Around the time my friends and I started filling out personality quizzes in teen magazines, I began to feel a sense of comfort in labels. I was outgoing, book smart, a little weird, pretty, an artist. These things helped me place myself in the world, and gave me concrete descriptors to identify myself as I continued on a journey to find out, indeed, who I was.
I wondered recently if all those quizzes in magazines, or Grade Ten career class and online may have been wrong. Or, perhaps, maybe I just skewed my answers to get the result I thought fit best. I always thought myself quite extroverted: I love to talk (sometimes, to excess), I am a storyteller, I like to be the centre of attention and I enjoy having friends around. The more I grow into my skin, however, the more I think that underneath it all I might be an introvert. I recharge by having time to myself, I work best independently, I need to have quiet solo time throughout my day to feel grounded, and prefer to spend evenings quietly at home, most of the time.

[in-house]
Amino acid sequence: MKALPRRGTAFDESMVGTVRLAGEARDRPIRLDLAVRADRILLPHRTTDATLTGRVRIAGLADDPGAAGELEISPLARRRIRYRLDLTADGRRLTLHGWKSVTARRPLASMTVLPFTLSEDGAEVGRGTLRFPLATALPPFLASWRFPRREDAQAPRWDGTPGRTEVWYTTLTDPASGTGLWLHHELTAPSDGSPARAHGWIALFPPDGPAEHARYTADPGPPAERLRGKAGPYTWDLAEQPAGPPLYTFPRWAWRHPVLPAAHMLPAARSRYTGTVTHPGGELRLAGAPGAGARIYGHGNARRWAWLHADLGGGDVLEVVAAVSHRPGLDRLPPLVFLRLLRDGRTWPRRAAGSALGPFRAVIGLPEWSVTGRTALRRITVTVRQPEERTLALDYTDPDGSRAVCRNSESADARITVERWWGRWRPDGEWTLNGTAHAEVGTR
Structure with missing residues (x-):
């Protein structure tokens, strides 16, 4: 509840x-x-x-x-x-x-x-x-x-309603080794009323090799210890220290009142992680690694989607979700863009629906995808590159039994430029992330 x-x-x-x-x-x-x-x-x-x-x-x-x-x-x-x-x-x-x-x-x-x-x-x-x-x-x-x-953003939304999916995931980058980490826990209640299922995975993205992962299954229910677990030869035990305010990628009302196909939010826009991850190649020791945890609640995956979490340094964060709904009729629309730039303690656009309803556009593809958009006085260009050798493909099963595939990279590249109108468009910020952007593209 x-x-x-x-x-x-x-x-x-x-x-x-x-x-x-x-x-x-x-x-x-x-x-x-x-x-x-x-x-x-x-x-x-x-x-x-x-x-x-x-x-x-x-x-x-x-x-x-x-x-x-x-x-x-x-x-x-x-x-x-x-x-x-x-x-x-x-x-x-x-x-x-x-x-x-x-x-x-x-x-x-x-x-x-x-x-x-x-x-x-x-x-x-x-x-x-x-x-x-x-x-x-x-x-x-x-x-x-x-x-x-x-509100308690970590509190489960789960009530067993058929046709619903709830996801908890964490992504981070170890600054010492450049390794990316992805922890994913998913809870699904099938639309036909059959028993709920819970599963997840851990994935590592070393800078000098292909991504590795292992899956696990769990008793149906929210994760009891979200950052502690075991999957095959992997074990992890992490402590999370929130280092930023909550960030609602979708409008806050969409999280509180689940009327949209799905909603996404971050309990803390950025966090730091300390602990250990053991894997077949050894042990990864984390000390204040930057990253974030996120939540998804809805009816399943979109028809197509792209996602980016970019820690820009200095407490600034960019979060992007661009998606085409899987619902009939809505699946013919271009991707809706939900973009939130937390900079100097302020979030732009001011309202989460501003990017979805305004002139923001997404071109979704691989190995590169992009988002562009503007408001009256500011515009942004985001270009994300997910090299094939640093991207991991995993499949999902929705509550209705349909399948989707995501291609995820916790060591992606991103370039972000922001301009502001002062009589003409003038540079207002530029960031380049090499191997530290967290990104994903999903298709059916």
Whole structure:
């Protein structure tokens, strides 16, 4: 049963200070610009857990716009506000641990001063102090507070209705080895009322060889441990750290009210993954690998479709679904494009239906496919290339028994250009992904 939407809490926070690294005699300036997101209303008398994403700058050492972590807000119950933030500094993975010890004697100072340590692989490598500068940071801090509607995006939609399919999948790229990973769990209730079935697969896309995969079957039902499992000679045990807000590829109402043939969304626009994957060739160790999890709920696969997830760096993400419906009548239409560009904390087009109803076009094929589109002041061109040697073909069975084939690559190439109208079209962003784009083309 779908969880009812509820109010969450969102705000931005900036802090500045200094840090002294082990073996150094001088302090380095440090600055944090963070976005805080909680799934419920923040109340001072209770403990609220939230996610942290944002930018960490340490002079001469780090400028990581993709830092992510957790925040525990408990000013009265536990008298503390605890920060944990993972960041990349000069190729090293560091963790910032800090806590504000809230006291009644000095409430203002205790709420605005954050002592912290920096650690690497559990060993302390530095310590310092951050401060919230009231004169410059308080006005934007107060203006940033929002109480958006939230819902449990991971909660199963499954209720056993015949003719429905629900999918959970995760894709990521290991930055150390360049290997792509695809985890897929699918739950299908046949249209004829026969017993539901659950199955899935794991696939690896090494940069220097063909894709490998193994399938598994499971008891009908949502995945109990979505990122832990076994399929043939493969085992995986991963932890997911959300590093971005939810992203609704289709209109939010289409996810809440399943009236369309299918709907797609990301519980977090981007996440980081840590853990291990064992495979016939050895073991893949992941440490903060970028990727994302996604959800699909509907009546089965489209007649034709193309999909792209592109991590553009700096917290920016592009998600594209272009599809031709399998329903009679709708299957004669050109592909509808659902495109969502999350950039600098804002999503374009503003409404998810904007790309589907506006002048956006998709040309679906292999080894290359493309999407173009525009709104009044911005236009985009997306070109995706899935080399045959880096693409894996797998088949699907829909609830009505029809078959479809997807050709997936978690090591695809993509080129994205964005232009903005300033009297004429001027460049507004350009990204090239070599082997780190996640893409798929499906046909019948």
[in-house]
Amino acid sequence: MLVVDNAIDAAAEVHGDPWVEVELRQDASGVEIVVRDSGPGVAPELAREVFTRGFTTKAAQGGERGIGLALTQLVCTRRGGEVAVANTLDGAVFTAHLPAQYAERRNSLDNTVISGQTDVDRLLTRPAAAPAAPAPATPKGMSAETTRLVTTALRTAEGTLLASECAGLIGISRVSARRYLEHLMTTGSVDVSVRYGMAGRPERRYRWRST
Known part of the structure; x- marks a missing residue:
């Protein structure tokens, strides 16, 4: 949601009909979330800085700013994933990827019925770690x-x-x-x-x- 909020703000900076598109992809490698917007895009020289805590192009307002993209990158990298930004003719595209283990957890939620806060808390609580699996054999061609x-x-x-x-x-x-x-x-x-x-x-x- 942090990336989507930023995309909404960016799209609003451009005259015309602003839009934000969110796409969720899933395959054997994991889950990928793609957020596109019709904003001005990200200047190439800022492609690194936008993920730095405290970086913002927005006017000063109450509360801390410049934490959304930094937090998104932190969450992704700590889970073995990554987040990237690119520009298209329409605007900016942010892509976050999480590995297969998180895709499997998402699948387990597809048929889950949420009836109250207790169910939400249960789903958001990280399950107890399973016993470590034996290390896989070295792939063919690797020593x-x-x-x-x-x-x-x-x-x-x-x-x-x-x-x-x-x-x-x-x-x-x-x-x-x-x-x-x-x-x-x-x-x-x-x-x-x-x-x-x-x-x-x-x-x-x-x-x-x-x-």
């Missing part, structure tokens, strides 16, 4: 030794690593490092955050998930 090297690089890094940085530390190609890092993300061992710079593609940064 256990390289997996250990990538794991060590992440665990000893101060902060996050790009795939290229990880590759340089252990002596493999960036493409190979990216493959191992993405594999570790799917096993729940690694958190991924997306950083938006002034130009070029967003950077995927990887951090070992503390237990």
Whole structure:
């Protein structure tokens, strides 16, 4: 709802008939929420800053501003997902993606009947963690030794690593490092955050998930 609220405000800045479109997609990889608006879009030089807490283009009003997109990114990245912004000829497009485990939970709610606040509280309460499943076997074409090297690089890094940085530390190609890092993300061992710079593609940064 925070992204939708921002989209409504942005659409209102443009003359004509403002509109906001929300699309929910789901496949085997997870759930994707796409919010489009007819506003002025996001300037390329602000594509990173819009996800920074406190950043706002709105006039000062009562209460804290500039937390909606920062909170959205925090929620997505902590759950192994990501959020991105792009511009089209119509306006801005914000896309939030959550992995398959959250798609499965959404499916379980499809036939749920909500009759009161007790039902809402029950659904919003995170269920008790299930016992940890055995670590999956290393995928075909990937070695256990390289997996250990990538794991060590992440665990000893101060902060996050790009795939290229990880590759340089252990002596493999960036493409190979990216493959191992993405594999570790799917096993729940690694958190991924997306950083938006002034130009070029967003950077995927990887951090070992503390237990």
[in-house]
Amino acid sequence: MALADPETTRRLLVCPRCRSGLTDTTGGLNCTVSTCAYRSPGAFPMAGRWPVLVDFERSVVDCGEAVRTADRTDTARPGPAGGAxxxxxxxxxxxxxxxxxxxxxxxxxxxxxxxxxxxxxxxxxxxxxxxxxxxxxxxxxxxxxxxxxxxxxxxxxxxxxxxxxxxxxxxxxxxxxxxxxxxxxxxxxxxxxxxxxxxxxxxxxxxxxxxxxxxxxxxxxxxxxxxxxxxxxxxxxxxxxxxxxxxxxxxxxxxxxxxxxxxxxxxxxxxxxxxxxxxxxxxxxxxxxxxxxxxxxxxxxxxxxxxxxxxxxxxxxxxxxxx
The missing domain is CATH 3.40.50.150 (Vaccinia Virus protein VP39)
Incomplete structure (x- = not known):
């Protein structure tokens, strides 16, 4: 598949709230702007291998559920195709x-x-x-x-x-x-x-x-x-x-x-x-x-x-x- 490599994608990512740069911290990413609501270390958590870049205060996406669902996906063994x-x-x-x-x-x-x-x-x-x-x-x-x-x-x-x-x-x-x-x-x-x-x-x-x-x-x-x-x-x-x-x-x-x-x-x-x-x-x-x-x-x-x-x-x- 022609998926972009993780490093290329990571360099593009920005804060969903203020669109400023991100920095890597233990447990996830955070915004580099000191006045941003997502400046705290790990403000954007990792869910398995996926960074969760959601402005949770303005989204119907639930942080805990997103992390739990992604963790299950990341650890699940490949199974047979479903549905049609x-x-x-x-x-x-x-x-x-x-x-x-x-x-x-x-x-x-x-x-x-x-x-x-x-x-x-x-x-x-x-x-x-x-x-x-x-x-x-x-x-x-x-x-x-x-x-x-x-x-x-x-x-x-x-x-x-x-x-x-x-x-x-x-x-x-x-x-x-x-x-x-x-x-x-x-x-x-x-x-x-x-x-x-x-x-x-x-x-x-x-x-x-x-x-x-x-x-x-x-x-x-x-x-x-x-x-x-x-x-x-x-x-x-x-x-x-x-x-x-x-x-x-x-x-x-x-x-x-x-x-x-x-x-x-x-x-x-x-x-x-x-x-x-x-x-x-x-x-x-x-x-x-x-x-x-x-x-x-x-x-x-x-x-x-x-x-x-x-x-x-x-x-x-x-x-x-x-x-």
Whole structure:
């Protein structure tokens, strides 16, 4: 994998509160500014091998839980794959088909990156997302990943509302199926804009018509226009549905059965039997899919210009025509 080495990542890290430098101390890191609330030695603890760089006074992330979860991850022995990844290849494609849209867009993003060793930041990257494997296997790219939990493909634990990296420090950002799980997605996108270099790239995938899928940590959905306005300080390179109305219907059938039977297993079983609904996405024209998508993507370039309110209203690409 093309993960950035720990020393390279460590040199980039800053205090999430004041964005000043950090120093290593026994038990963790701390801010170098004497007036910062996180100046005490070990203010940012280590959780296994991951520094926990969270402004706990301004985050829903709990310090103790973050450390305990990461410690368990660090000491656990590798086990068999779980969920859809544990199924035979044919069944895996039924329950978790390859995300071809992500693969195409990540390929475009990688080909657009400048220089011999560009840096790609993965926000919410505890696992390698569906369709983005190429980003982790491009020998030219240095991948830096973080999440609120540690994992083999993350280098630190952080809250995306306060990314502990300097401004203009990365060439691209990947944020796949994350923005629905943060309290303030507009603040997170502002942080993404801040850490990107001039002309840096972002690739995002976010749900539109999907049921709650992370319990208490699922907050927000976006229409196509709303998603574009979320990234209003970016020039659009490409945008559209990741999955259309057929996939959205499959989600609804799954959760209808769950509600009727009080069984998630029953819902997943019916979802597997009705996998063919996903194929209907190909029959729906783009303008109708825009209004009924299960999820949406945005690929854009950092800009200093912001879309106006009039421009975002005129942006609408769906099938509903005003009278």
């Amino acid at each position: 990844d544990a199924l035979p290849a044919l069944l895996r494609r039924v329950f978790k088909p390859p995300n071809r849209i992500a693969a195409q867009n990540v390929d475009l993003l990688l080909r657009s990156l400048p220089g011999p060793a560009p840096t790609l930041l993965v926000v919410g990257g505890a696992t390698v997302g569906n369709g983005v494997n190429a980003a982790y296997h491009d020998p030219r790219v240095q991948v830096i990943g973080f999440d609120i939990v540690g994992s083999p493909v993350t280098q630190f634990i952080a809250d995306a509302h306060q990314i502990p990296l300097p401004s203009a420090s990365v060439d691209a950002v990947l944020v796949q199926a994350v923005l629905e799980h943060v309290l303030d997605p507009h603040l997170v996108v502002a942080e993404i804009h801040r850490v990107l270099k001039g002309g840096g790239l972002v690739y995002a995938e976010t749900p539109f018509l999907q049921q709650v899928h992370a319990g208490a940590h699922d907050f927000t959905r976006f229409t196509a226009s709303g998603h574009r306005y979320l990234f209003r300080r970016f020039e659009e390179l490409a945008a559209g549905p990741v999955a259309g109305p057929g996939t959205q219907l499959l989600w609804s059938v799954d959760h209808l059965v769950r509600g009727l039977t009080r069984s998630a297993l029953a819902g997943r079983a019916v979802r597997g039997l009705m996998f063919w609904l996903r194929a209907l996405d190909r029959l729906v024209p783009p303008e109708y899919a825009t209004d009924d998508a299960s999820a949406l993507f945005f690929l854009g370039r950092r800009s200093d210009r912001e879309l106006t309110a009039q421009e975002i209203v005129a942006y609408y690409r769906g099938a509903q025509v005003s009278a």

|Robin curled up nicely with Peter Rabbit.|
I was reading a Sue Monk Kidd book, wherein she describes signing up for a retreat of that would require silence, introspection, and quiet time to write. I thought that sounded marvellous. Her next thoughts echoed my own. She felt guilt, and doubted that she deserved time on a retreat by herself, especially when it cost money and took her away from her family. I would, too. I hear that a lot from mothers with young kids. Do I crave quiet time, alone, because I have young kids, or because my soul leans more toward the introvert side of the spectrum?
I am learning to do what pleases me more than what I think I should enjoy, and this has led me to a lot more quiet, solo and outside time. Who knows, maybe a midlife crisis will see me singing show tunes while I hang from chandeliers at parties with young, hip people. For now, I will continue to embrace my need for quiet, and offer it to my girls when they need the same.